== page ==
Mitral Valve Prolapse
Mitral valve prolapse is a deformity of the mitral valve that can sometimes produce mitral regurgitation. Mitral valve prolapse produces a sound called a heart murmur that a doctor can hear through a stethoscope. This condition is much more common in women than in men.
The cause of mitral valve prolapse is usually not known, but it may result from an inherited weakness in the connective tissue of the valve that allows the valve to bulge. Occasionally, mitral valve prolapse results from rheumatic fever, heart disease, or cardiomyopathy (a degenerative disease of the heart muscle).
Symptoms of mitral valve prolapse may include chest pain, arrhythmias (irregular heartbeats), shortness of breath, or fatigue. However, most people who have mitral valve prolapse have no symptoms.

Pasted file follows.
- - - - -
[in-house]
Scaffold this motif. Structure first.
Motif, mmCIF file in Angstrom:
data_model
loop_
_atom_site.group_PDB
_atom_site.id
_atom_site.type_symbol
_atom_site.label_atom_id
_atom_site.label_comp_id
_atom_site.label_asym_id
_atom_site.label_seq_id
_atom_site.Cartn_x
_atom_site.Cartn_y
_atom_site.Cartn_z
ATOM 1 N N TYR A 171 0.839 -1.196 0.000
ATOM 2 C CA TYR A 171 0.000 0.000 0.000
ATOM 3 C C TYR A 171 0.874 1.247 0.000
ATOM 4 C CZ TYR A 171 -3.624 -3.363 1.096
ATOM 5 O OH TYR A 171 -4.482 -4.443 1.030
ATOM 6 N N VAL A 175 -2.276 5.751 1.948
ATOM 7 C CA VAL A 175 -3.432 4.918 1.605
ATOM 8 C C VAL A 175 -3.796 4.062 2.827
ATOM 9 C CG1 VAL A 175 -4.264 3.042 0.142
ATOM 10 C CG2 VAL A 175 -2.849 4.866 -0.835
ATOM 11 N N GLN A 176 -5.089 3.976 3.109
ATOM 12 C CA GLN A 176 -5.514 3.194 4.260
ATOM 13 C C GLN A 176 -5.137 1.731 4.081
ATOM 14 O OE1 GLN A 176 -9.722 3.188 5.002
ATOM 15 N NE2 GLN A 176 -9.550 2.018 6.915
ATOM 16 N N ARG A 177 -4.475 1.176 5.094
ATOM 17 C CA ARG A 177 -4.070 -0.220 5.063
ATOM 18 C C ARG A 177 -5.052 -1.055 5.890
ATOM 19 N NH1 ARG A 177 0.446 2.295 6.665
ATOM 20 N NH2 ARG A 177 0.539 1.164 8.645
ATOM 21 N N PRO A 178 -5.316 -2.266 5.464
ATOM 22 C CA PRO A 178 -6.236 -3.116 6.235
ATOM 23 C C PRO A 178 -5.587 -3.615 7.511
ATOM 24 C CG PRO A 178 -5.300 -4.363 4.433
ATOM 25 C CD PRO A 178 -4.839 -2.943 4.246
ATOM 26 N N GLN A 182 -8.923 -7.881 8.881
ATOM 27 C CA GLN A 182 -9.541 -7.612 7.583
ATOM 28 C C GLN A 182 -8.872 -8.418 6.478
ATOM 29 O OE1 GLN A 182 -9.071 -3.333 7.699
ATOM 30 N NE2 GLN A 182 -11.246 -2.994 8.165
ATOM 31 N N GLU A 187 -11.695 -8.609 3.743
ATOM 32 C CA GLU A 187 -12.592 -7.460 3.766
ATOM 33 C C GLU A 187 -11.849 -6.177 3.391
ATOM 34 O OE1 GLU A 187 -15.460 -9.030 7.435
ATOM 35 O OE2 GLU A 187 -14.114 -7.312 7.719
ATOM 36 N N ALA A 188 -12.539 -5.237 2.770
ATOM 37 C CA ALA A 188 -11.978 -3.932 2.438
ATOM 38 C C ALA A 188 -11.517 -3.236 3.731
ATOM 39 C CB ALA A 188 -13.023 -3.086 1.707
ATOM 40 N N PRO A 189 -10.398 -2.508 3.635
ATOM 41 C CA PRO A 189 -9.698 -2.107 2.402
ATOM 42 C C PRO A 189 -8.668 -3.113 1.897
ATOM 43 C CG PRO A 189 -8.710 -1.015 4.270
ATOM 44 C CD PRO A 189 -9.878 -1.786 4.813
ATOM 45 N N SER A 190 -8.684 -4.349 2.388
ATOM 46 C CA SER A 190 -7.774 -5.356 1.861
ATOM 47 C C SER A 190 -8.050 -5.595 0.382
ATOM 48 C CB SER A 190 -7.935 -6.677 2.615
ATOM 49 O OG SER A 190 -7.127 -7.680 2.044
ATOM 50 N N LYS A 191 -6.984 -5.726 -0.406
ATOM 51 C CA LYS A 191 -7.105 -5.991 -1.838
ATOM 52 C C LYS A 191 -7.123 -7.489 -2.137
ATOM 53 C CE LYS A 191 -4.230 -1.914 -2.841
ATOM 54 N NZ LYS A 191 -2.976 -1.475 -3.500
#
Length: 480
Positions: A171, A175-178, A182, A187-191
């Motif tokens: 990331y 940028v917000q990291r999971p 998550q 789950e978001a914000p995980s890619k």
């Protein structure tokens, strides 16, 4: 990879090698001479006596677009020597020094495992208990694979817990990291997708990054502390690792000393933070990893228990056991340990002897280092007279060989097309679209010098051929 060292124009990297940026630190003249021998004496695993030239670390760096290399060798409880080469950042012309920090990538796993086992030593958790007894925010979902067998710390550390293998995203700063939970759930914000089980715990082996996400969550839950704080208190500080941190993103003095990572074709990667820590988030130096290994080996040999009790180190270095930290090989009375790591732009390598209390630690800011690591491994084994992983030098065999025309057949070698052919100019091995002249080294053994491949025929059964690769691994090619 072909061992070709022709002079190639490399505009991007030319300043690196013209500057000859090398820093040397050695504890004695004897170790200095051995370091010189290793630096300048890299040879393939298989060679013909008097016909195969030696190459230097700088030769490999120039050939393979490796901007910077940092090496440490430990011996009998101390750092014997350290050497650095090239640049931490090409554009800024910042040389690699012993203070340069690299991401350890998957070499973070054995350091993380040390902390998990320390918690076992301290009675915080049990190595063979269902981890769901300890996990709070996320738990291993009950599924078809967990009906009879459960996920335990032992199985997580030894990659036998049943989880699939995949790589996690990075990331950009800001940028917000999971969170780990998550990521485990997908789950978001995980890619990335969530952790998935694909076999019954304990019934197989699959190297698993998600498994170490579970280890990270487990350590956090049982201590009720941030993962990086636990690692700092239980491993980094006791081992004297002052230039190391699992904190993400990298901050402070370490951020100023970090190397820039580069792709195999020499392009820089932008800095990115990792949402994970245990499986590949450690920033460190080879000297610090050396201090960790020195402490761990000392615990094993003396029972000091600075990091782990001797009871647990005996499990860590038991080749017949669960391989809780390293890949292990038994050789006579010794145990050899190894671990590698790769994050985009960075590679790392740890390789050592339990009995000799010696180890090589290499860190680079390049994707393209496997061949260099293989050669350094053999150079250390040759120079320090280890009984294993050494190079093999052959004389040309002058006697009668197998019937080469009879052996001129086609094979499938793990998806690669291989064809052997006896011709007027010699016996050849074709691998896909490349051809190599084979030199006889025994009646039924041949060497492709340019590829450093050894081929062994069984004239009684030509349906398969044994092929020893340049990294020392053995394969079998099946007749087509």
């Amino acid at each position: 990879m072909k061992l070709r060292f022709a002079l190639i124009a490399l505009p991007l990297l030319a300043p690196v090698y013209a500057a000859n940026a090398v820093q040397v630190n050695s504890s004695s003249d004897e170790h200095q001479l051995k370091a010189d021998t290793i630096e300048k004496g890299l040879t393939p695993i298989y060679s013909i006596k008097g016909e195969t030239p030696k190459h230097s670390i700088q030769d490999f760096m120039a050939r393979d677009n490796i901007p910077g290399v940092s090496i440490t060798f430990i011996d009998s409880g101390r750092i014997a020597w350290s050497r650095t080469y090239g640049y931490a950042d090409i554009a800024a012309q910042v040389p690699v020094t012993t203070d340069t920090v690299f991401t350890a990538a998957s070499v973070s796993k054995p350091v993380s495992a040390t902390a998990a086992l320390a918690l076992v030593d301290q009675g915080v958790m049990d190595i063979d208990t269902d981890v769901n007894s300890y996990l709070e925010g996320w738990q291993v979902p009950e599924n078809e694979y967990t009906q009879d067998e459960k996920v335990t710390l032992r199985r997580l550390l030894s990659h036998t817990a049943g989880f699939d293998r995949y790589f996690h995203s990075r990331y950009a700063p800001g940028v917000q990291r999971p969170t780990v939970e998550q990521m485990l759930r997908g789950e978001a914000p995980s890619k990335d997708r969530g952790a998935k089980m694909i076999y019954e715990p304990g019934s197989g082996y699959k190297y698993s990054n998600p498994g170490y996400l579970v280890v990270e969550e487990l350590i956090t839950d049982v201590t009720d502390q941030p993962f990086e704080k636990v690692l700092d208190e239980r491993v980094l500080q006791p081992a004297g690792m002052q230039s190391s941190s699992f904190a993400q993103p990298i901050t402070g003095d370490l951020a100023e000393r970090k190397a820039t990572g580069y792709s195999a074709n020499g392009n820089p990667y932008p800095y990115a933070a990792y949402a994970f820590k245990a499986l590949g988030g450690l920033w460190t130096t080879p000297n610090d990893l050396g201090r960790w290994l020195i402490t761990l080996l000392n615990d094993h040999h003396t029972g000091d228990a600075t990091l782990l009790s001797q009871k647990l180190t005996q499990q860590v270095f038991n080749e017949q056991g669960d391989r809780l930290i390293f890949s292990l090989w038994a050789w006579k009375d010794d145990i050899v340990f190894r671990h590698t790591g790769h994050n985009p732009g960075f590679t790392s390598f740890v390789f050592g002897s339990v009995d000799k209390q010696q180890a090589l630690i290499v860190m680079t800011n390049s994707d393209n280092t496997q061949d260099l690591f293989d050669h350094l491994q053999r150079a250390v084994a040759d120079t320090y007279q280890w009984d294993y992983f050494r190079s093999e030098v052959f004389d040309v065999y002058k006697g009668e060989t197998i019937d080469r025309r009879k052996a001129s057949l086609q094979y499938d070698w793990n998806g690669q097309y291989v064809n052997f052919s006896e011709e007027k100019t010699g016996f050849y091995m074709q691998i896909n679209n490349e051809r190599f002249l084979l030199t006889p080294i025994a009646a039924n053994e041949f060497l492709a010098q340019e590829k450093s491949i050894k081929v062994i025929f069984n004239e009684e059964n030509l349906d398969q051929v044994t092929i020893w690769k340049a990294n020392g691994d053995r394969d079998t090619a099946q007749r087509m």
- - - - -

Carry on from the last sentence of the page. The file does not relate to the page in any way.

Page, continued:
Treatment for mitral valve prolapse is usually not necessary. However, people who have both mitral valve prolapse and mitral regurgitation need to take antibiotic drugs before having any type of dental treatment or surgery to help prevent infective endocarditis, a potentially life-threatening infection of the inner lining of the heart muscle. When mitral valve prolapse is severe enough to cause heart failure, a doctor may prescribe heart disease medications such as beta blockers, diuretics, or digitalis drugs, or he or she may recommend heart valve replacement surgery.